Children's Museum of Holon
The Aliens exhibit at the Children's Museum of Holon Photo by Daniel Tchetchik
Text size

A return visit to the Children's Museum of Holon, now celebrating its tenth anniversary, sparks ambivalent feelings, at least for this adult

Shortly after entering the train car that is part of the aliens exhibit at the Children's Museum in Holon, the youngsters began to pay rapt attention. They listened to the scary scenario the tour guide described for them, in which aliens had invaded Earth and taken over the car they were in - and for a brief moment did not question what they were being told. It seemed the young visitors, veteran "residents" of the kingdom of the imagination, simply immersed themselves in the experience. They watched with interest, albeit not real concern, as flashing lights lit up the spaces outside the windows and as other effects, reminiscent of those in a computer game or movie, took place around them. Meanwhile the guide explained that their train was being sucked up into a seething whirlpool of air while in the clutches of the enemy.

The heart beat may have increased a bit toward the end of the tour, when the visitors entered a device that resembled a space ship. According to the story presented, the spaceship was flying hurtling at an accelerated speed on its way to back to Earth, driven by a cute and somewhat scatter-brained alien, and meanwhile crashed into meteorites, icebergs and other obstacles with full force. Every time an imaginary object reached the window of the spaceship, the crashing and shaking were pretty convincing. The overly excited chatter of the guide, who was explaining what was happening, sort of like subtitles in a film, could have been done without. One participant described at the end of the flight a sense of pleasure and fear, "like at an amusement park."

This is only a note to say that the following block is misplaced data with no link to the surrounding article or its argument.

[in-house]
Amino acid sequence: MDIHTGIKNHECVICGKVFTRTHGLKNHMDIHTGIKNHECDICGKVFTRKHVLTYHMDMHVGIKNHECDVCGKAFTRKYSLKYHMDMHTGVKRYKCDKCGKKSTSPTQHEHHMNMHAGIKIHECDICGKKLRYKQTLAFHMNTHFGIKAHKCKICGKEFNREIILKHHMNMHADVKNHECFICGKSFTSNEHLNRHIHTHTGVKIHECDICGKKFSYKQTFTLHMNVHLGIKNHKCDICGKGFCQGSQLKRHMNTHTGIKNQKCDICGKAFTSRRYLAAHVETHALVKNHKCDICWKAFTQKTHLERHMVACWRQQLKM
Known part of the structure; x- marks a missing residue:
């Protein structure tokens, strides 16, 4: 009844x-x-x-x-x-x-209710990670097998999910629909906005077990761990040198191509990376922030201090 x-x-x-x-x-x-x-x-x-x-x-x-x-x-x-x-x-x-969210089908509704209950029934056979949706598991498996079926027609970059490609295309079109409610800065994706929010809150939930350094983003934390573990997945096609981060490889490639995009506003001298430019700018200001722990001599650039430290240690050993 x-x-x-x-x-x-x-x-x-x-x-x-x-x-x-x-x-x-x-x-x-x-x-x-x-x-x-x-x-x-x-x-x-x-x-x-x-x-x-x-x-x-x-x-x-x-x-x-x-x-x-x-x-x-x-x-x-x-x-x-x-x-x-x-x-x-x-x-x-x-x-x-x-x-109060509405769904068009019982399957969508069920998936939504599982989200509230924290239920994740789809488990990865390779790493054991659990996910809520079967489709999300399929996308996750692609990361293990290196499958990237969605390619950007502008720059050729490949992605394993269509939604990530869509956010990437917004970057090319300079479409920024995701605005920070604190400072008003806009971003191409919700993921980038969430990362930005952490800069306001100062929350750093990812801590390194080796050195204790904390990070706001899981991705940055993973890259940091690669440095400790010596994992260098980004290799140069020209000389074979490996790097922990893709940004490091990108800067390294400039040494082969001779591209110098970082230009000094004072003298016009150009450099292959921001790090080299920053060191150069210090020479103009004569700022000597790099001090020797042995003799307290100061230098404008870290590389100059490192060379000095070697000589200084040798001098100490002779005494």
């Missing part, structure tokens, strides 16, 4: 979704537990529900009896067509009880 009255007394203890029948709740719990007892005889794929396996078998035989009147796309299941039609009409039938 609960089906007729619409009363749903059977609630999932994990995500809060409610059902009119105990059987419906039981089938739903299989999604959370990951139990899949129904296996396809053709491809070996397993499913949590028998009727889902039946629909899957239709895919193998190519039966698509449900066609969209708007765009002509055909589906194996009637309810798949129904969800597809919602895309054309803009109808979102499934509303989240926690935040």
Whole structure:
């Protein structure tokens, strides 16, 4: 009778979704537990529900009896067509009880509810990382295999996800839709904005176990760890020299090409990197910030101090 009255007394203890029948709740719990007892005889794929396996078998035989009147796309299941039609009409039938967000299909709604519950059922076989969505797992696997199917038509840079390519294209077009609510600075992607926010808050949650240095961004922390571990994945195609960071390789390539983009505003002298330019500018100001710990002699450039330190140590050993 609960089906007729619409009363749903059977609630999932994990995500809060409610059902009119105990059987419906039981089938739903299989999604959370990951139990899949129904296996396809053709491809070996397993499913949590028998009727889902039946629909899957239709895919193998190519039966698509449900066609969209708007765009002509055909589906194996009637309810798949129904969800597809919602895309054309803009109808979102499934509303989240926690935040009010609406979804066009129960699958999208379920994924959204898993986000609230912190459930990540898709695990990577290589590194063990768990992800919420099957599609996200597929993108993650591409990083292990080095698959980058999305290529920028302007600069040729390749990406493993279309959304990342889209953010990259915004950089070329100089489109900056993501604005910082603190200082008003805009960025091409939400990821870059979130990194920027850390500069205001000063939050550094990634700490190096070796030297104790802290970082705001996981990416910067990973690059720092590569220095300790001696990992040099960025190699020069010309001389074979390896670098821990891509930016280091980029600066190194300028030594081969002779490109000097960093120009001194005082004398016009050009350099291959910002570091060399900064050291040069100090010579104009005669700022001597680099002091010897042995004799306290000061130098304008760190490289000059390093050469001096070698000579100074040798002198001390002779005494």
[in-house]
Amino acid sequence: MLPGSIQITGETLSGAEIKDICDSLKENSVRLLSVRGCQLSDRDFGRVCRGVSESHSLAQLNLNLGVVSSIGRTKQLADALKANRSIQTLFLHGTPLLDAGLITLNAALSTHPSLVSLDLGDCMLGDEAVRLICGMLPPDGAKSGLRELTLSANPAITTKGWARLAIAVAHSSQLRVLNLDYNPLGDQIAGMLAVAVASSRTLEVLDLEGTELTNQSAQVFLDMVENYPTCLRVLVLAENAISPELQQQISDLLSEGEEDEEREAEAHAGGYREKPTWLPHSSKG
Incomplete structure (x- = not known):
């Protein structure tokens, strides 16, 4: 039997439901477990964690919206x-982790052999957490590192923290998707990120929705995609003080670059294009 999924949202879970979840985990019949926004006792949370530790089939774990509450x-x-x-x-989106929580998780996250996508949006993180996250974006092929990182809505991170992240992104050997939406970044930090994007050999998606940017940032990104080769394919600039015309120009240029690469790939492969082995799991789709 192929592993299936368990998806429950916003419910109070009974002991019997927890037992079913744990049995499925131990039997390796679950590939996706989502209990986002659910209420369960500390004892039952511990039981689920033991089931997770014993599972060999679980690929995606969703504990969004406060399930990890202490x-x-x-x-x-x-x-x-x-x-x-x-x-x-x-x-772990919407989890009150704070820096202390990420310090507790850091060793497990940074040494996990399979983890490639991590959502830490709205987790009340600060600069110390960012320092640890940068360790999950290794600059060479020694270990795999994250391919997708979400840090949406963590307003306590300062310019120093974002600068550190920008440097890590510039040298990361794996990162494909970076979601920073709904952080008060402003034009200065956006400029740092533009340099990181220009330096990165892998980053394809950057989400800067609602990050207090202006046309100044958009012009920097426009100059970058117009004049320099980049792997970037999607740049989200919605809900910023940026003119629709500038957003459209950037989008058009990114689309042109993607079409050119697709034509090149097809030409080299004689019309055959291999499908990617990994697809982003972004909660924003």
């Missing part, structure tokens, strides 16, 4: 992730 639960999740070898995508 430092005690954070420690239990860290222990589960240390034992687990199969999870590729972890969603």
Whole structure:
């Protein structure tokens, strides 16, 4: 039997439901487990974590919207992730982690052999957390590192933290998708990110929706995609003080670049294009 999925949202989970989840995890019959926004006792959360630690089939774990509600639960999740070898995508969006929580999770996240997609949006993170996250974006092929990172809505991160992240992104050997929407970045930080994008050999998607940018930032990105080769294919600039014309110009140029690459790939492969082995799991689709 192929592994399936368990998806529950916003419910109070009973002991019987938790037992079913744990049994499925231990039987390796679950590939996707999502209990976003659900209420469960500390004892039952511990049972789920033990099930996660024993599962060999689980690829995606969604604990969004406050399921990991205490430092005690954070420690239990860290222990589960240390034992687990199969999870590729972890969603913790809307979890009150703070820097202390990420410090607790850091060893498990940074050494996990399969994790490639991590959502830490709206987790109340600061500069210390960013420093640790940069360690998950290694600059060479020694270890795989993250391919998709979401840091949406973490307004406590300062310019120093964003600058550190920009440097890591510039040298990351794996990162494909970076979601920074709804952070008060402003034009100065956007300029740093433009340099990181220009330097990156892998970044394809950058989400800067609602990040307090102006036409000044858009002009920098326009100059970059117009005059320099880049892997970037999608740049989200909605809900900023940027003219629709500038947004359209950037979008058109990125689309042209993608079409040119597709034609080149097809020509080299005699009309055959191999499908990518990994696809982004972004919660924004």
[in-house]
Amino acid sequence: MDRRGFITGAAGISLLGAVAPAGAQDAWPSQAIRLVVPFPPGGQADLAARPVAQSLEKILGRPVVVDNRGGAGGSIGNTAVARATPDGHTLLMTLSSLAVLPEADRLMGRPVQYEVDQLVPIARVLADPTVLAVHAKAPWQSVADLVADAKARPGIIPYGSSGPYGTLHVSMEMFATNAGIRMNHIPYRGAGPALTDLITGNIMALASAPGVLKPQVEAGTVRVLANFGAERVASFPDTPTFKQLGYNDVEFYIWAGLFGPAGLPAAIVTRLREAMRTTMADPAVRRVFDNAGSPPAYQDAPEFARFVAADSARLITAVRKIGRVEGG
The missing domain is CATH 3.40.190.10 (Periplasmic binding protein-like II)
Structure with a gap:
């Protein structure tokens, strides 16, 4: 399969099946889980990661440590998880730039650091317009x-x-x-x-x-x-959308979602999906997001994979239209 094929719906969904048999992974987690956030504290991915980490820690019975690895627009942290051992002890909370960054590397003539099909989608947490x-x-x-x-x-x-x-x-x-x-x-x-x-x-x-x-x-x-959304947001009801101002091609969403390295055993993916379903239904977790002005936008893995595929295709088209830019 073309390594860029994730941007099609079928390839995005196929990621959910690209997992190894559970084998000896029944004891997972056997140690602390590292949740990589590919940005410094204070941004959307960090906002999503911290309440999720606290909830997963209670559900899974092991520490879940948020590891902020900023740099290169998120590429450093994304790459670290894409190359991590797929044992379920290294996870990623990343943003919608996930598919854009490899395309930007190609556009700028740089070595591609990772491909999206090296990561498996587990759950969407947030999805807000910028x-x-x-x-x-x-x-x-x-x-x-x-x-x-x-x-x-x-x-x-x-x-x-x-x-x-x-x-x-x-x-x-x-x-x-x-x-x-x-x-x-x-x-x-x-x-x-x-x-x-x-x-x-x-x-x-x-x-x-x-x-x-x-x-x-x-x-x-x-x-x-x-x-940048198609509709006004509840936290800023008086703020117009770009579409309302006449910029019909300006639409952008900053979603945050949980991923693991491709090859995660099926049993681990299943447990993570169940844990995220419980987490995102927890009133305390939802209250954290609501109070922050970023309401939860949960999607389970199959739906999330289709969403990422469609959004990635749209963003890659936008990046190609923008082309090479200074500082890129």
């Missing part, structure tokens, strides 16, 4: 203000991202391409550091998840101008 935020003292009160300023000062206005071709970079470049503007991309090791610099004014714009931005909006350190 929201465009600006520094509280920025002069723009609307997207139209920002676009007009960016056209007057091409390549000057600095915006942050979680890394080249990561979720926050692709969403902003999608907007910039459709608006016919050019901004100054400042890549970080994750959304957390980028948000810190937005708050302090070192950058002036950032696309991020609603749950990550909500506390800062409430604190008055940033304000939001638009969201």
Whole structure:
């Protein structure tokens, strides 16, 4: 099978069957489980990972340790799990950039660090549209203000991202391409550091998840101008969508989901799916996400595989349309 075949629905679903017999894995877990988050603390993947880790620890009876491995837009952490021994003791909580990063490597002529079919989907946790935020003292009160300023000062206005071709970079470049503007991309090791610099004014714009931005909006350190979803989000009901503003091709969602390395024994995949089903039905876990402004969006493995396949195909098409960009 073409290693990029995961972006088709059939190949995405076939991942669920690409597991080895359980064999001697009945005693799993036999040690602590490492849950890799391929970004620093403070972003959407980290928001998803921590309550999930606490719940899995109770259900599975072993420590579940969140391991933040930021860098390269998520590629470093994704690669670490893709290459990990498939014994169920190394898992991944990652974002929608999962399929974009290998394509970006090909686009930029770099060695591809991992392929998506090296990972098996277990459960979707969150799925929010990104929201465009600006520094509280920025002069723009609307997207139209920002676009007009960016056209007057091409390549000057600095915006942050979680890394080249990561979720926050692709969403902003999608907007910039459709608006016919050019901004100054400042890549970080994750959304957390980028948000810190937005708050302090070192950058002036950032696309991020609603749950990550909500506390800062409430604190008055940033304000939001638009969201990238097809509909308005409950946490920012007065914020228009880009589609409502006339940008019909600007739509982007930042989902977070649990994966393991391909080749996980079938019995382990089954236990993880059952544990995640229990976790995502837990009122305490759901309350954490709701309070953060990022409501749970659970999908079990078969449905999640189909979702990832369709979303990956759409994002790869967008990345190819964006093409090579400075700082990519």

But experience is one thing and lessons learned are another. First of all throughout the alien exhibit tour, which was enjoyable and carefully planned, there were activities that engaged the mind and also sparked the imagination quite a bit, but didactic presumptuousness dominated and threatened to ruin the fun. And a few minutes before the end of the tour, the guide gathered the children and explained again, in case they had forgotten, the "motto" of the exhibit. What was it and what were the children supposed to learn? In brief, that humans are afraid of aliens because we don't really know them; if we did, we wouldn't be afraid. The aliens are just a parable, of course, for beings who are different from us. Along the way, there were slogans displayed, such as "if you believe in yourself, you will succeed," "not everything is as it appears from the outside."

The feeling was that the children were being overwhelmed with unnecessarily with messages. The endearing guide established an excellent rapport with the youngsters and was a good actress. But if she had improvised a bit more, the whole ambience would have been less artificial.

Such is the ambivalence felt after a return visit to the Children's Museum, which is now celebrating its 10th anniversary. There is an abundance of creative thinking there as well as an understanding and appreciation of children and their world, plus the execution is excellent and the intentions are good. But it seems that the powers-that-be there don't trust the children and try to spoon-feed a social message to them. And that is a pity.